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Northrop, E. B.; Chittenden, H. A., Jr. (ed.) / The Wisconsin lumberman, devoted to the lumbering interests of the northwest
(July, 1874)

Wisconsin's new lands. Description of the timber and farming lands opened to settlers by the Wisconsin Central Railyway--the crop of towns springing up in the wilderness--information of value to immigrants and capitalists,   pp. 361-363 PDF (1018.8 KB)


Page 361


The Wtsconasin Lumb rman.
WISCONSIN'S NEW ULNDS
Description of the Timber and Farming
Lands Opened to Settlers By the Wisconsin
Central Railway-The Crop of Towns
springing up in the Wilderness-Infe-
mation of Value to Immigrants and Capi-
tallsta.
Correpoud ce Wiscoeain Lusiaun
GaRji= BAY, Wis., June 20,1874.
The Wisconsin Central railway is
one of the grand enterprises of
northern Wisconsin, which is des-
tined to exercise a controling in-
fluence in developing the resources
of this portion of our state.  With
the Milwaukee & Northern railroad,
(which it leased last fall), it has now
two hundred and forty-eight miles
of continuous line, from Milwaukee
via Menasha and Stevens Point, to
Malden, a point one hundred and
one miles north of Stevens Point.
There yet remains a link of fifty-five
miles to complete the road to Bay-
field on Lake Superior.
Of the 101 miles north of Stevens
Point I propose to speak.  I have
recently passed over the road and
made personal examination of the
country, and notes on the character
of the timber and lands that may be
interesting and serviceable to those
seeking homes or investments for
capital in pine ani farming lands.
Eleven miles from Stevens Point is
JUINcTiOx CITY,
where the Wisconsin Valley railroad
crosses it. Knowlton, eleven miles
beyond, toward Wausau is the pres-
ent terminus of the Wisconsin Val-
ley railroad, it being 73 miles from
Tomah, where said road starts.
A depot, engine house and two or
three small dwellings constitute
"Junction City."
Four miles from this place is
MnIL CBZK,
containing a depot only. The coun-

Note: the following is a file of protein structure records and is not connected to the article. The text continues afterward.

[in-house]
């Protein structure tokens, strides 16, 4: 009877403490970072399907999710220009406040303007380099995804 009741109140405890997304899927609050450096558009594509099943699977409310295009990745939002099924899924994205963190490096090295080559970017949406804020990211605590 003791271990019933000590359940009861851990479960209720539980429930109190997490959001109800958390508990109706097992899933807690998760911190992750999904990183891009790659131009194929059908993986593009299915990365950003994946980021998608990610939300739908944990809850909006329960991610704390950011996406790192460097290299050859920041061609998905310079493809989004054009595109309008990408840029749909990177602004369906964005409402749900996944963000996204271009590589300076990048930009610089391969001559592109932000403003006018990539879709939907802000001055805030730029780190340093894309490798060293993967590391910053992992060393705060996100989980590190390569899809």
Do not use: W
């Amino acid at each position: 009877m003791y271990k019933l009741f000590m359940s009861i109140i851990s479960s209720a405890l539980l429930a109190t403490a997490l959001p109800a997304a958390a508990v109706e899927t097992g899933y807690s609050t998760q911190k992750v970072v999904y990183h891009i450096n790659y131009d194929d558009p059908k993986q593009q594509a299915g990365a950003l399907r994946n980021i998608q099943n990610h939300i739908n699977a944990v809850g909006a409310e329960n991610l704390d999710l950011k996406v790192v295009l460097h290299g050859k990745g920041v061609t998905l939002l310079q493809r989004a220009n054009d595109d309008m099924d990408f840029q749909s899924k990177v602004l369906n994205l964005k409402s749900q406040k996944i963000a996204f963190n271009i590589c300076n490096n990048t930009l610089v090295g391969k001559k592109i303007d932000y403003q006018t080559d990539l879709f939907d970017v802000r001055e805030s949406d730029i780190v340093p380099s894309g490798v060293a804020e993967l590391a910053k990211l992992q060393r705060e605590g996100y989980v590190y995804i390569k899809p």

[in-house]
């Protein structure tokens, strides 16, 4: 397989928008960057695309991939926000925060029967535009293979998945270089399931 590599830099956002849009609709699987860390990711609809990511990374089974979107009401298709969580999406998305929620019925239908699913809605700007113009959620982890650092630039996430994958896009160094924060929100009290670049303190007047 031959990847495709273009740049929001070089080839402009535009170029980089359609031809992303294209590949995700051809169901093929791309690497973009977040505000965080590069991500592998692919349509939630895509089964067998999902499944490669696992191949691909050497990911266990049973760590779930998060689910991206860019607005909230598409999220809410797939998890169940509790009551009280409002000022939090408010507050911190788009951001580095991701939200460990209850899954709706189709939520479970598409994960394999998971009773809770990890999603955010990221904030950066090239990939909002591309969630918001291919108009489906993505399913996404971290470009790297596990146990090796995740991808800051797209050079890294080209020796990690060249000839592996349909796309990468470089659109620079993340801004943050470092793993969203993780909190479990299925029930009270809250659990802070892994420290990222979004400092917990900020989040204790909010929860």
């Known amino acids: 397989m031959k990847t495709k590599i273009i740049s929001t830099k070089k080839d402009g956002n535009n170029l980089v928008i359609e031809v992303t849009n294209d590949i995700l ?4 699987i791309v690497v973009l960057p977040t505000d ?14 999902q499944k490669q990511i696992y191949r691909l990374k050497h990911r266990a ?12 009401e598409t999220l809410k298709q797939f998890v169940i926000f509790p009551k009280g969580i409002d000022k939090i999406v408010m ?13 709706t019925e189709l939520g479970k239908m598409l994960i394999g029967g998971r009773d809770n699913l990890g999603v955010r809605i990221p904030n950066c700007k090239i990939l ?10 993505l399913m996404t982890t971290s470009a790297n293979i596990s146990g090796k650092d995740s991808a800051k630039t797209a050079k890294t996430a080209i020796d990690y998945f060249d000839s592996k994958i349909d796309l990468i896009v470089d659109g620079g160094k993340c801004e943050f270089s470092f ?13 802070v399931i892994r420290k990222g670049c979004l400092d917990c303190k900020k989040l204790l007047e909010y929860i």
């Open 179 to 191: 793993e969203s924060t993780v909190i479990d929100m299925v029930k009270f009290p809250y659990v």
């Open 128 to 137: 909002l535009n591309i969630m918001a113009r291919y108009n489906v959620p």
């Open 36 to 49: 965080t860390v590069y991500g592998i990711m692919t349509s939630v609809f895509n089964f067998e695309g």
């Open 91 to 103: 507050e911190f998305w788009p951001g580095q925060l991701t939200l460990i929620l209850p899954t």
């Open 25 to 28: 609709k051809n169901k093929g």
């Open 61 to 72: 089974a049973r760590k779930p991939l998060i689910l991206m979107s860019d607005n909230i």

try about here is flat, with moderate
growth of pine and hardwood
Nothing very desirable.
lNine miles further on is
AUBURNDALL.
A block house for depot.   No
other building in view. The face of
the surrounding country is flat; the
timber red oak, basswood, elm, but-
ternut, and pine, of fair quality,
not so large as it is further up the
road, but sound. Red oak of excel-
lent quality; butternut, large and
thrifty; soil good.  The depot is
located on section 22, township 25,
range 4 east. Mill Creek is south of
this station and bears some excellent
pine.
Eight miles from here is
XABssaD,
containing depot, log hotel, and
store. The country about is more
rolling; timber red oak, basswood,
butternut, elm, and pine, chiefly, and
of the best quality. For farm lands,
this locality excels any on the line;
soil rich and deep. The surrounding
lands contain many settlers. The
Fox River Company have many sec-
tions of land here, which they hold
at prices ranging from $8 to $25 per
acre according to location, timber,
etc. The pine lands they offer at $3
per M, stumpage.
Eight miles from Marshfield is
WALTHS.
It has no depot building, except a.
log shanty. A mile beyond is a neat
new two story building, intended for
dwelling and hotel, no doubt, when
fully completed. Country flat, with
iI
I    4
}1 ,   i
,.
As
361


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